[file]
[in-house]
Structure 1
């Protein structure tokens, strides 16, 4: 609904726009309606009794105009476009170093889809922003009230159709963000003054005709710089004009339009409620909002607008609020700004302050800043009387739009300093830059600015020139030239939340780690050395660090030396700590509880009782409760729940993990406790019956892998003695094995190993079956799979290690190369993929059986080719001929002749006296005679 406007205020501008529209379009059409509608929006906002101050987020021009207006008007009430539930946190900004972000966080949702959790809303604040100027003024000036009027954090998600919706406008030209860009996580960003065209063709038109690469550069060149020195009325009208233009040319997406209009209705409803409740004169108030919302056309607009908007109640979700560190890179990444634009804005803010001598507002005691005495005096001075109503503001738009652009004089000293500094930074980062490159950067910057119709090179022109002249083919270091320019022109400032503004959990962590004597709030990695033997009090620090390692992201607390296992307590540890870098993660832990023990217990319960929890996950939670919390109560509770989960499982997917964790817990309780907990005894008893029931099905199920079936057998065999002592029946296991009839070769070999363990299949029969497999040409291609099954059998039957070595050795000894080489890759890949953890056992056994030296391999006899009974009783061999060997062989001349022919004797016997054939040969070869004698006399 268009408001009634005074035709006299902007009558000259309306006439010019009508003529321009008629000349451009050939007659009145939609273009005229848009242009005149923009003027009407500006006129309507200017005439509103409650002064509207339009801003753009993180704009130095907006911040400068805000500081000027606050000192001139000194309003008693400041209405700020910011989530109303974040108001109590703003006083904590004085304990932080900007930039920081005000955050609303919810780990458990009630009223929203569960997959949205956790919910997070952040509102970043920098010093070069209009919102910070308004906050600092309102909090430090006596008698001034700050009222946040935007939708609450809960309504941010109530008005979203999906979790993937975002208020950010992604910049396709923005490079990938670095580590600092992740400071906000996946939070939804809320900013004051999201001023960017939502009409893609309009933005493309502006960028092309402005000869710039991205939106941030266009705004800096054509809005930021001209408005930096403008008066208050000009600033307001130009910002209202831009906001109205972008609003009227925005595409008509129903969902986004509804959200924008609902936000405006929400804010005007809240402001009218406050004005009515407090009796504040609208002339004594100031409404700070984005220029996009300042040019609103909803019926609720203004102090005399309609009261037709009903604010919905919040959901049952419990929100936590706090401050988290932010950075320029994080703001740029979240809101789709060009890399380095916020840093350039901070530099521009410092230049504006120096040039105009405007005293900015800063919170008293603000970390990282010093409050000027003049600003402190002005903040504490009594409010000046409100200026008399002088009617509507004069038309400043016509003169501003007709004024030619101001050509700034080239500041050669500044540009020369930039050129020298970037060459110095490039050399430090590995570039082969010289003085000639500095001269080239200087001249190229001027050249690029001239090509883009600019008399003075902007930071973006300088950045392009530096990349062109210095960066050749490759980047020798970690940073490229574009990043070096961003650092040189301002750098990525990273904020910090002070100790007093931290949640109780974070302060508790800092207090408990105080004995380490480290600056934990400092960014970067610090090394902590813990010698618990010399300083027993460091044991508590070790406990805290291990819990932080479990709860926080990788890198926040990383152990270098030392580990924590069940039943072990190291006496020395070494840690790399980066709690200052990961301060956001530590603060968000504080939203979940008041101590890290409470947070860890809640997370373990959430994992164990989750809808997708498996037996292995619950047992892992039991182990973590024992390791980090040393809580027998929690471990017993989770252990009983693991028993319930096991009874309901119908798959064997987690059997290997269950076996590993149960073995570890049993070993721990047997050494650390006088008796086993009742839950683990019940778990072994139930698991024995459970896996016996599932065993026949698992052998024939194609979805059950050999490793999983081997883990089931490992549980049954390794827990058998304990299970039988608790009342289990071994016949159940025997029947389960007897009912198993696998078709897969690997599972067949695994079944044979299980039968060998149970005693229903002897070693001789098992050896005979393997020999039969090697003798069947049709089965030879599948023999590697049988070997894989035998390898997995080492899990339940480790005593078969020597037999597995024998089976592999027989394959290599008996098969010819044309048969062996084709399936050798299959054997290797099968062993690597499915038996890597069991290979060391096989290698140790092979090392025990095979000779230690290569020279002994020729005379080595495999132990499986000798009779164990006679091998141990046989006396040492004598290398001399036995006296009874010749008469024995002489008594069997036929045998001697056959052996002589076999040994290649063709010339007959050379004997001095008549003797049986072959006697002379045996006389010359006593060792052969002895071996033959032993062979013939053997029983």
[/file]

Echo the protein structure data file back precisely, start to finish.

[in-house]
Structure 1
């Protein structure tokens, strides 16, 4: 609904726009309606009794105009476009170093889809922003009230159709963000003054005709710089004009339009409620909002607008609020700004302050800043009387739009300093830059600015020139030239939340780690050395660090030396700590509880009782409760729940993990406790019956892998003695094995190993079956799979290690190369993929059986080719001929002749006296005679 406007205020501008529209379009059409509608929006906002101050987020021009207006008007009430539930946190900004972000966080949702959790809303604040100027003024000036009027954090998600919706406008030209860009996580960003065209063709038109690469550069060149020195009325009208233009040319997406209009209705409803409740004169108030919302056309607009908007109640979700560190890179990444634009804005803010001598507002005691005495005096001075109503503001738009652009004089000293500094930074980062490159950067910057119709090179022109002249083919270091320019022109400032503004959990962590004597709030990695033997009090620090390692992201607390296992307590540890870098993660832990023990217990319960929890996950939670919390109560509770989960499982997917964790817990309780907990005894008893029931099905199920079936057998065999002592029946296991009839070769070999363990299949029969497999040409291609099954059998039957070595050795000894080489890759890949953890056992056994030296391999006899009974009783061999060997062989001349022919004797016997054939040969070869004698006399 268009408001009634005074035709006299902007009558000259309306006439010019009508003529321009008629000349451009050939007659009145939609273009005229848009242009005149923009003027009407500006006129309507200017005439509103409650002064509207339009801003753009993180704009130095907006911040400068805000500081000027606050000192001139000194309003008693400041209405700020910011989530109303974040108001109590703003006083904590004085304990932080900007930039920081005000955050609303919810780990458990009630009223929203569960997959949205956790919910997070952040509102970043920098010093070069209009919102910070308004906050600092309102909090430090006596008698001034700050009222946040935007939708609450809960309504941010109530008005979203999906979790993937975002208020950010992604910049396709923005490079990938670095580590600092992740400071906000996946939070939804809320900013004051999201001023960017939502009409893609309009933005493309502006960028092309402005000869710039991205939106941030266009705004800096054509809005930021001209408005930096403008008066208050000009600033307001130009910002209202831009906001109205972008609003009227925005595409008509129903969902986004509804959200924008609902936000405006929400804010005007809240402001009218406050004005009515407090009796504040609208002339004594100031409404700070984005220029996009300042040019609103909803019926609720203004102090005399309609009261037709009903604010919905919040959901049952419990929100936590706090401050988290932010950075320029994080703001740029979240809101789709060009890399380095916020840093350039901070530099521009410092230049504006120096040039105009405007005293900015800063919170008293603000970390990282010093409050000027003049600003402190002005903040504490009594409010000046409100200026008399002088009617509507004069038309400043016509003169501003007709004024030619101001050509700034080239500041050669500044540009020369930039050129020298970037060459110095490039050399430090590995570039082969010289003085000639500095001269080239200087001249190229001027050249690029001239090509883009600019008399003075902007930071973006300088950045392009530096990349062109210095960066050749490759980047020798970690940073490229574009990043070096961003650092040189301002750098990525990273904020910090002070100790007093931290949640109780974070302060508790800092207090408990105080004995380490480290600056934990400092960014970067610090090394902590813990010698618990010399300083027993460091044991508590070790406990805290291990819990932080479990709860926080990788890198926040990383152990270098030392580990924590069940039943072990190291006496020395070494840690790399980066709690200052990961301060956001530590603060968000504080939203979940008041101590890290409470947070860890809640997370373990959430994992164990989750809808997708498996037996292995619950047992892992039991182990973590024992390791980090040393809580027998929690471990017993989770252990009983693991028993319930096991009874309901119908798959064997987690059997290997269950076996590993149960073995570890049993070993721990047997050494650390006088008796086993009742839950683990019940778990072994139930698991024995459970896996016996599932065993026949698992052998024939194609979805059950050999490793999983081997883990089931490992549980049954390794827990058998304990299970039988608790009342289990071994016949159940025997029947389960007897009912198993696998078709897969690997599972067949695994079944044979299980039968060998149970005693229903002897070693001789098992050896005979393997020999039969090697003798069947049709089965030879599948023999590697049988070997894989035998390898997995080492899990339940480790005593078969020597037999597995024998089976592999027989394959290599008996098969010819044309048969062996084709399936050798299959054997290797099968062993690597499915038996890597069991290979060391096989290698140790092979090392025990095979000779230690290569020279002994020729005379080595495999132990499986000798009779164990006679091998141990046989006396040492004598290398001399036995006296009874010749008469024995002489008594069997036929045998001697056959052996002589076999040994290649063709010339007959050379004997001095008549003797049986072959006697002379045996006389010359006593060792052969002895071996033959032993062979013939053997029983």